CAD, CAM, and G-code

This section provides a brief overview of popular software for CAD, CAM, and sending G-code to the Shapeoko, at the time of writing. Most users start using their Shapeoko with Carbide Create and Carbide Motion, some stick to them while others move on to something else, for a variety of reasons.

CAD/CAM tools

Most users obviously start with Carbide Create, which really is a great solution to get started with CNC, because it has just the right amount of features to not overwhelm newbies with tons of parameters but still allow them to experience the full design workflow: stock setup, creating a 2D design, creating basic toolpaths based on these design elements, previsualizing these toolpaths and the final workpiece, and finally generating G-code to run on the machine.

As a side note, the X-Carve CNC (competitor product sharing some DNA with the Shapeoko) comes with a similar entry level CAD/CAM program called Easel:

Even though it is mostly intended to be used with the X-Carve, some folks use the CAD part of Easel (an admittedly nice and simple albeit web-based UI) to generate G-code files that can then be used in any G-code sender for the Shapeoko.

If/once you outgrow Carbide Create, you can obviously look into upgrading to Carbide Create Pro and its advanced features.

Vectric VCarve is another very popular (albeit somewhat pricey) upgrade path. The name is slightly confusing, as it is not only specialized in V-carving but is a complete generic CAD/CAM tool. The workflow is quite similar to Carbide Create's, which makes the transition easy. It has more CAD features (layers, support for 2-sided machining,...), intermediate-level CAM features (built-in support for roughing and finishing strategy is great), and it is just a very polished and robust software. You can also go crazy and buy the top of the line Aspire software from Vectric, if you need the advanced/pro features it offers.

And then there is Fusion360, the almighty 3D CAD/CAM tool from Autodesk. Its CAM module has all the bells and whistles and a truckload of settings, which is also why it has an admittedly steep learning curve that can repel many casual CNC users. But if you get past those first few weeks of figuring out its workflow and main settings, it opens up a fascinating range of possibilities, and not only for CNC.

If you are interested in Fusion360's "adaptive clearing" toolpaths covered in the Toolpaths section, a possible alternative is Estlcam software (, it features "trochoidal milling" toolpaths which are essentially the same, and is arguably much simpler to learn.

There is a small catch though: while it has an offline mode, this is primarily an online/cloud-oriented tool, it's from Autodesk, and it's free for students and hobbyist...for now. Not everyone feels comfortable investing a lot of time into learning how to use a tool that might become unusable locally if the servers are shutdown, or could become costly. Also, it does not do (proper) Vcarving.

I use CC or VCarve or Fusion360 depending on the project at hand. I will use Carbide Create when I need a simple 2.5D piece done quickly. VCarve is my go-to solution for the 2.5D projects that are more complex (require more structuring) and/or involve Vcarving, 2-sided work, or require a roughing+finishing toolpath strategy. And then I will use Fusion360 for all things 3D, for metal work (mainly because of the adaptive clearing feature), and whenever I feel like I need to make the design parametric so as to be able to adjust dimensions without having to redesign everything.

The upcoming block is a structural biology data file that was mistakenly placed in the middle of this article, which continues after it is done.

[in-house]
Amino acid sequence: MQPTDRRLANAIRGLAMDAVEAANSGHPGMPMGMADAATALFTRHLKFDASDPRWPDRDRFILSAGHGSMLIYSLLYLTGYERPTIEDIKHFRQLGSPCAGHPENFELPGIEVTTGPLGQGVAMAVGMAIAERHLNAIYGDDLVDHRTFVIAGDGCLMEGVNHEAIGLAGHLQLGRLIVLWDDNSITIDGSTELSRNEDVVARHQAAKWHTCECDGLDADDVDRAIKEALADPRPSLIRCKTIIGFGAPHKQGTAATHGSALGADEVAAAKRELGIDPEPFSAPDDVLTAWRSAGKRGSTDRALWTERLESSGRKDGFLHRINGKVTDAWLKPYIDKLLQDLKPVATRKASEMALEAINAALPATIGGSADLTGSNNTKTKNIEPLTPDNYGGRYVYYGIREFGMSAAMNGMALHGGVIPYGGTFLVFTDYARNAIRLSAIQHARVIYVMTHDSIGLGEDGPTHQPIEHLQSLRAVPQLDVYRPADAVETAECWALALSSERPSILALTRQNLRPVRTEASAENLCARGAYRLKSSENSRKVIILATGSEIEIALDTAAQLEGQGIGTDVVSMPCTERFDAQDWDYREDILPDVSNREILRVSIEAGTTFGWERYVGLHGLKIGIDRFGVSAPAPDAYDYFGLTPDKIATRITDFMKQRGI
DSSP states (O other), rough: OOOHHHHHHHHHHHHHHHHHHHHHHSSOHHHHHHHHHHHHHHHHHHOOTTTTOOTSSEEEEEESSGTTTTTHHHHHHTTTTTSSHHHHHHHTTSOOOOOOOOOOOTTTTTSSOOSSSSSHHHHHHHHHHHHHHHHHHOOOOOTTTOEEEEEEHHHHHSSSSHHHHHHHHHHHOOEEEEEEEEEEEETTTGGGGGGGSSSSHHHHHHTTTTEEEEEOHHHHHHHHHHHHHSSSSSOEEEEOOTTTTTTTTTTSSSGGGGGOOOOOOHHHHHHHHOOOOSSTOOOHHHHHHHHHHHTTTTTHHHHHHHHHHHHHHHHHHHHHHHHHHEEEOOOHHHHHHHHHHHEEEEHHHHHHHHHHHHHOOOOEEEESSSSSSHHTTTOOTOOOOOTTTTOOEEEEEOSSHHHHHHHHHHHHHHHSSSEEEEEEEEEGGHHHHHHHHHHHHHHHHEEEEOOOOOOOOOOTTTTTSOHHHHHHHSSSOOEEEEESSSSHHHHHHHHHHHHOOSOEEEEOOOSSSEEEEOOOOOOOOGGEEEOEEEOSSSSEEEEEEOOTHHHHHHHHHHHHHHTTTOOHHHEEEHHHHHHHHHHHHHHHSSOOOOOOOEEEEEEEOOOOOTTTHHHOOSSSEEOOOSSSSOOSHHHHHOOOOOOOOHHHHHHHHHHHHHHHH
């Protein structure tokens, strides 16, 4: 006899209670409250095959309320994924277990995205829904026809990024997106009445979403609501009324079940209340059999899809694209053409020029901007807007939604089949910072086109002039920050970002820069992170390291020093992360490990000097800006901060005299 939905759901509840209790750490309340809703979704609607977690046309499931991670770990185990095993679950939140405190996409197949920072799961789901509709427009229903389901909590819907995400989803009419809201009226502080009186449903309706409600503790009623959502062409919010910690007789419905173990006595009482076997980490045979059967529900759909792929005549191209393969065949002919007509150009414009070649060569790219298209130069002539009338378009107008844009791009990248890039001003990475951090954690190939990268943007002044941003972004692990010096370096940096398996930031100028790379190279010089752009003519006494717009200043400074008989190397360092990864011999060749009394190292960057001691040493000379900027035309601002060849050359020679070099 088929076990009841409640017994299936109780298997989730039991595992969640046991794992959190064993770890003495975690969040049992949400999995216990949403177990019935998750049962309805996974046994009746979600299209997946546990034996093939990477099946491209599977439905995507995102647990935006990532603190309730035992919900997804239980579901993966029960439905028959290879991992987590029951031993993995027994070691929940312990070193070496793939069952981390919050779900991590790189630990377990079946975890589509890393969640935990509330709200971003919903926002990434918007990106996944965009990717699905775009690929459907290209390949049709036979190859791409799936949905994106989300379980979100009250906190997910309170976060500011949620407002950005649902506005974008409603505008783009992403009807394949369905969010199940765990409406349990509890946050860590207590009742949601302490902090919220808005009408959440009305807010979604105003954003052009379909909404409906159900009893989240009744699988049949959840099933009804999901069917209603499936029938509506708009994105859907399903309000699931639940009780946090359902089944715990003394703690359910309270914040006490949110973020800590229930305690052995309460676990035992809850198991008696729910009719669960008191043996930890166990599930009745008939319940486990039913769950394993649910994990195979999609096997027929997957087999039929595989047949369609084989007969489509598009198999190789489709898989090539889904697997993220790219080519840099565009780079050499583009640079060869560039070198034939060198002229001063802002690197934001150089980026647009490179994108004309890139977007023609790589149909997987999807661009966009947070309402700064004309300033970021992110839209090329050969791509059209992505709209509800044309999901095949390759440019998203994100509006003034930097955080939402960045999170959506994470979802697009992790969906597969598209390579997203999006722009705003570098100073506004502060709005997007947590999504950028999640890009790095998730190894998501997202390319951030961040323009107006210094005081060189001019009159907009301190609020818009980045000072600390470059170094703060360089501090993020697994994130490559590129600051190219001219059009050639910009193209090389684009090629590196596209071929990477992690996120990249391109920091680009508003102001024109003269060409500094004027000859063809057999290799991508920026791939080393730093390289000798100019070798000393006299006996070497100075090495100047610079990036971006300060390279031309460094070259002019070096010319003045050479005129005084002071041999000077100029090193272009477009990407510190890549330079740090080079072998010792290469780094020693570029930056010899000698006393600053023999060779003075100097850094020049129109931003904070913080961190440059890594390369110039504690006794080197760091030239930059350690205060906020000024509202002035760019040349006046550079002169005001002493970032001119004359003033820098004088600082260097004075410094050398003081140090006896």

Of course, there are many other CAD/CAM tools out there, those are the ones that are most popular at the time of writing in the Shapeoko community.

While the post-processor to generate G-code is built in to Carbide Create, for VCarve and Fusion360 you need to initially configure it (easy enough) but then you get to tune it to your liking, which is very convenient.

G-code primer

So the CAD/CAM tool generates G-code files. One can perfectly use the Shapeoko without any understanding of the G-code syntax, or ever opening a generated G-code file. Still, having at least a superficial understanding of what the most common G-code instructions do goes a long way for troubleshooting why the machine behaves the way it does.

G-code is a (somewhat) standard language to define instructions to be fed to multi-axis machines, CNC and 3D printers being prime examples.

A G-code file is usually a plain text file (that can be opened with any text editor), containing a sequence of G-code "blocks", i.e. lines of instructions. Each block (line) can contain several G-code instructions, but it often has a single command and its parameters, for better readability.

These instructions are being sent (by e.g. Carbide Motion) to the machine, that executes them in order.

G-code standard does define loop/jump instructions (GOTO), but they are not supported by GRBL anyway, so on a Shapeoko the G-code is guaranteed to execute from the top to the bottom of the file sequentially.

Here's the beginning of a random G-code example generated using Carbide Create (other CAM tool produce slightly different variations of the code) :

M6 T112
M3 S10000

[...many other G-code instructions...]


Let's break this down:

  • the % line just means "start of program". Well it actually means "Tape start", from the days when CNCs used tape readers. Anyway, this sign is optional, you will find some CAM tools add it, others don't.

  • everything between parentheses is a comment, and is ignored by GRBL. This is just there for readability of the G-code file.

  • G21 is the command to set units to mm (G20 being the command to set units to inches)

  • G90 is the command to go to absolute positioning mode, i.e. all subsequent move commands will interpret X/Y/Z values as coordinates relative to the ZERO point currently defined. By contrast, G91 would activate relative positioning mode, and the X/Y/Z instructions would be interpreted as offsets from the current position.